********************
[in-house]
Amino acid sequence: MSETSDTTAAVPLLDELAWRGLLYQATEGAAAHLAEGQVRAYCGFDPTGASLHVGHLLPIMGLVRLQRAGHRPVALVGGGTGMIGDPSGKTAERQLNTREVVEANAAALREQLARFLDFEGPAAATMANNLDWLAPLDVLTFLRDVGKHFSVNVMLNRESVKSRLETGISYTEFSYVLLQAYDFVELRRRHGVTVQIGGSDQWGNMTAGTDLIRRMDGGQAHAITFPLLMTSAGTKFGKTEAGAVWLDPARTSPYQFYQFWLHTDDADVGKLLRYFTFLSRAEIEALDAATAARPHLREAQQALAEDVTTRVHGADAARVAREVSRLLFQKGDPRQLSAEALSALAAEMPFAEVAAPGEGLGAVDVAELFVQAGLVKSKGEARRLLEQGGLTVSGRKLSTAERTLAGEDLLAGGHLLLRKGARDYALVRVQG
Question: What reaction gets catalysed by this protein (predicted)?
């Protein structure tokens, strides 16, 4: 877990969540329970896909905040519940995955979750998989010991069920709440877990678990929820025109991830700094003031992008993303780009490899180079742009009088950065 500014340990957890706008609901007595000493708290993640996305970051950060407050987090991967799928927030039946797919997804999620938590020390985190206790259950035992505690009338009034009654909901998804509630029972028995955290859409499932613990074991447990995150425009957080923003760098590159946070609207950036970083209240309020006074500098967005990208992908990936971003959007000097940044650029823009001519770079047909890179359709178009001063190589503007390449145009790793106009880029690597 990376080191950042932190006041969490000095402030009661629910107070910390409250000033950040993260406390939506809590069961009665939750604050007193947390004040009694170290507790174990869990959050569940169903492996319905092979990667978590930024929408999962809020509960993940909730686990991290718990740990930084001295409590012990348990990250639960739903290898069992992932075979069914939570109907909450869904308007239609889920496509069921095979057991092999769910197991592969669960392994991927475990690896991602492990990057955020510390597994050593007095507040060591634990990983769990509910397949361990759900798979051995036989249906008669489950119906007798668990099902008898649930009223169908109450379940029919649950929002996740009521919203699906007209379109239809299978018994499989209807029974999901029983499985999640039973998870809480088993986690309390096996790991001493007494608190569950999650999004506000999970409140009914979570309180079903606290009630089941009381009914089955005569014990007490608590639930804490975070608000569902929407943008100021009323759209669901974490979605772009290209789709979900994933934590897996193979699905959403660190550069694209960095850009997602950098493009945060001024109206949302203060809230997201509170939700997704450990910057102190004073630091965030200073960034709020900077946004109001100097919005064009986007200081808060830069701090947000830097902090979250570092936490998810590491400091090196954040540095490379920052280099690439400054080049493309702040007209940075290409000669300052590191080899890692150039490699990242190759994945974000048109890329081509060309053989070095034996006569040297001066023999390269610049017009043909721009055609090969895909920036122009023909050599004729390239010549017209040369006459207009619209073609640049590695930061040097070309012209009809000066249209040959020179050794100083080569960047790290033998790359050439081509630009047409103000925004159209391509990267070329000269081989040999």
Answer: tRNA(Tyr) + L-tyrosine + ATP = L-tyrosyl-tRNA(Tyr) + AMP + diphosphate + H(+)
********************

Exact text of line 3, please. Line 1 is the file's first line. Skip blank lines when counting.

Question: What reaction gets catalysed by this protein (predicted)?